Annville turns out to show support for police at Back the Blue rally

4 min read1,425 views and 413 shares Posted September 11, 2020

About 100 law enforcement supporters turned out in muggy, overcast weather at the square in Annville to show their support for police at a Thursday afternoon “Back the Blue” rally.

The mood was friendly and relaxed. Motorists passing through the intersection of Routes 422 and 934 honked and waved to show their approval of demonstrators holding signs saying “We Support Our Police,” “Back The Blue Annville,” “Honk For The Blue,” and “We Respect The Blue.”

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Sitting on the wall at the southwest corner, Kevin Miller of Annville said the great majority of cops are honorable public servants who have been unfairly lumped in with the few who are not. He echoed the feelings of many present when asked why he was there: “The police deserve this support.”

“There’s always a small group who destroy the image for everyone else,” said Miller, “and they need to be held accountable, but that’s just a small minority.”

Heather McLaughlin made the hour and a quarter drive from Chester County to support her son, Trooper Joey Burke, who is stationed at Bloomsburg. She couldn’t find anything like it closer to home. “I wish there were more of these in Pennsylvania,” she said.

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P.S.P. mom Heather McLaughlin drove to the rally from Chester County (LebTown)

As they did during a series of peaceful Black Lives Matter protests earlier this year, Annville police stood by in two cruisers parked well back from the intersection on the Sunoco convenience store lot. They were not needed, and rumors that “counter-demonstrators” might show up turned out to be unfounded.

Annville police stood by, but had little to do. (LebTown)
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The identity of organizers and sponsors of the rally remains unclear. Those at the rally who were asked how they found out about it almost unanimously said they saw it on Facebook or other social media.

A rally flyer distributed over the last week or so featured the phrase “Back the Blue” over the web address of Act for America (“AFA”). It listed an email and a phone number, but did not identify any local person or organization.

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That led some Annville residents to question whether AFA, considered by some to be a right-wing, anti-Muslim hate group, was behind the rally.

Annville Township Police Chief Bernard Dugan told LebTown that a permit for the rally was issued to Bill Dougherty, a local resident.

Reached for comment on the morning of the rally, Dougherty stated that the flyer was prepared and circulated, before he became involved, by the rally’s original organizers, who had backed out earlier in the week.

As of publication time, LebTown has been unable to verify the identity of the rally’s original organizers.

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Dougherty said he was never involved with the flyer or the original organizers, who did not say they were connected to AFA. When he learned that the rally might fall through, he said that he and some acquaintances who support law enforcement decided to keep it alive without affiliating with any organized group.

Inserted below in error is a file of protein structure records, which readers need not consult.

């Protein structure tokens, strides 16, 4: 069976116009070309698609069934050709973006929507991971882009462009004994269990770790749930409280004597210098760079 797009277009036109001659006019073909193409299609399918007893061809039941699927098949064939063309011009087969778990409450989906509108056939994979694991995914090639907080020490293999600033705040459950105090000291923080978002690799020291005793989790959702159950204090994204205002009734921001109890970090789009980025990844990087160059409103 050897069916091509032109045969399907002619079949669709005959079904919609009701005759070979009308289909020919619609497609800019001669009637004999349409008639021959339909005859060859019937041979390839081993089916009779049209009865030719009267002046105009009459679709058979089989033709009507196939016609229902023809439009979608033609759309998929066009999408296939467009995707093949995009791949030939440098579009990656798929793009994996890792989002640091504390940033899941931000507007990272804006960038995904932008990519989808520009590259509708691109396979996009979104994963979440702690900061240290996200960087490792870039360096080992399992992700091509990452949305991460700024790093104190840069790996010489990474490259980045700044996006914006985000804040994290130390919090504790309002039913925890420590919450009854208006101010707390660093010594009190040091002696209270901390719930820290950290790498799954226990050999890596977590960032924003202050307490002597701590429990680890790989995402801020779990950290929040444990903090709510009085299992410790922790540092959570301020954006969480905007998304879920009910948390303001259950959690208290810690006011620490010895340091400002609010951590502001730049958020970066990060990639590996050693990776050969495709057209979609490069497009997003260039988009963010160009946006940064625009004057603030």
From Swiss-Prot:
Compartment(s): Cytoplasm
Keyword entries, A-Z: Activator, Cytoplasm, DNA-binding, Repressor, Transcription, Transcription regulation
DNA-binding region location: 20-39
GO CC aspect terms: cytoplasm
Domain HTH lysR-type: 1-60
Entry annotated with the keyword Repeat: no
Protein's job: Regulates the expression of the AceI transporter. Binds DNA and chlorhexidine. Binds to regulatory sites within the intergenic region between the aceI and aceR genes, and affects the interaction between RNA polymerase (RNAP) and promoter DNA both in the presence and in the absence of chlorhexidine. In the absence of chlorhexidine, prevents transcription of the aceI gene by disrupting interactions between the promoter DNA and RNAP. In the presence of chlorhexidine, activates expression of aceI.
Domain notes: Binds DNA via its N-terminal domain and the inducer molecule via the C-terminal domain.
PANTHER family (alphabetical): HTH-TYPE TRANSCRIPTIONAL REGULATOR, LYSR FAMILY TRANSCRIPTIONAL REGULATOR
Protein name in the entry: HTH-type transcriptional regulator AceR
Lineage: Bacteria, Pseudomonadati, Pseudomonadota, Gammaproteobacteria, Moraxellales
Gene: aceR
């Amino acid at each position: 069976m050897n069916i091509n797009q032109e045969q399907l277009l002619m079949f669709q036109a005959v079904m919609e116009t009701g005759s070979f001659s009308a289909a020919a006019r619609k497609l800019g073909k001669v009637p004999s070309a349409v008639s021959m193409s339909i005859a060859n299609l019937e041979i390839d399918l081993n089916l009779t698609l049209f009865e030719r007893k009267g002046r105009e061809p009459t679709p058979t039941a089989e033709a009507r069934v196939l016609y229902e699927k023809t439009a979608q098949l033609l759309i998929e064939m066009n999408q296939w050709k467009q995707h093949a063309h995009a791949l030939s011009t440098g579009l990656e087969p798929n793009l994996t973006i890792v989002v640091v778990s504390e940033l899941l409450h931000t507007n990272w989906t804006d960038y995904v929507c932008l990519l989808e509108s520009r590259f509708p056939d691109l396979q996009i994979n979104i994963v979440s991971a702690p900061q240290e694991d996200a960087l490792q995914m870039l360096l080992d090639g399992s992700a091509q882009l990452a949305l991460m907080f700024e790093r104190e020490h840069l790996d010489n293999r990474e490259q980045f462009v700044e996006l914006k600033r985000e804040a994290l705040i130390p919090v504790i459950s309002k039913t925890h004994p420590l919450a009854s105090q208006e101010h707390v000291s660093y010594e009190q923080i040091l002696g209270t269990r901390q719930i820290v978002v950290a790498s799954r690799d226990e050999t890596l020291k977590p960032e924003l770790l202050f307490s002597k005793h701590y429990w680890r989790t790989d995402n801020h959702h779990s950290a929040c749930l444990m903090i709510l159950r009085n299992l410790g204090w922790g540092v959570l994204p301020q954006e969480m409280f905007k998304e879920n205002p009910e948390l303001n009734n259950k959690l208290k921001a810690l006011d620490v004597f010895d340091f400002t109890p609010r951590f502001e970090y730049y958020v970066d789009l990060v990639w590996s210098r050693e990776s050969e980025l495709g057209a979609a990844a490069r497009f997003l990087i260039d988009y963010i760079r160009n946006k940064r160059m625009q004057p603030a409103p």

Dougherty added that he volunteered to be the person applying to the township for the required permit, but that he was not doing so on behalf of Act for America or any other organization, and that he and his acquaintances have never had any contact or communication with AFA.

He also said he believes that the AFA logo used on the flyer may have been downloaded by the original organizers and used without AFA’s permission.

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Emails sent by LebTown to the address on the flyer were not answered. A phone call to the contact number on the flyer was answered by a person who refused to be identified, but who confirmed that the rally’s original organizers had ceased all involvement with it.

No visible signs of Act for America were seen at Thursday’s rally. A Google image search revealed that “Back the Blue” is a slogan widely used by many organizations and merchants.

(LebTown)

Act for America is a right-of-center organization that describes itself as “[t]he nation’s premier national security grassroots organization.” It was founded in 2002 by Brigitte Gabriel, who today remains the primary public face of the organization.

In its early years, AFA focused heavily on Islamic militancy and terrorism, warning of its dangers to the United States, including a 2008 claim that “Shariah Islamic Finance is quickly infiltrating our financial markets – and bringing Islamic shariah law with it.“

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The Anti-Defamation League describes Act for America as “the largest anti-Muslim group in the United States, with a purported 750,000 members nationwide.”

The Southern Poverty Law Center considers Act for America a “hate group,” a designation the AFA disputes.


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Full Disclosure: Bill Dougherty has served as a campaign manager for candidates who have advertised on LebTown. LebTown does not make editorial decisions based on advertising relationships and advertisers do not receive special editorial treatment. Learn more about advertising with LebTown here.

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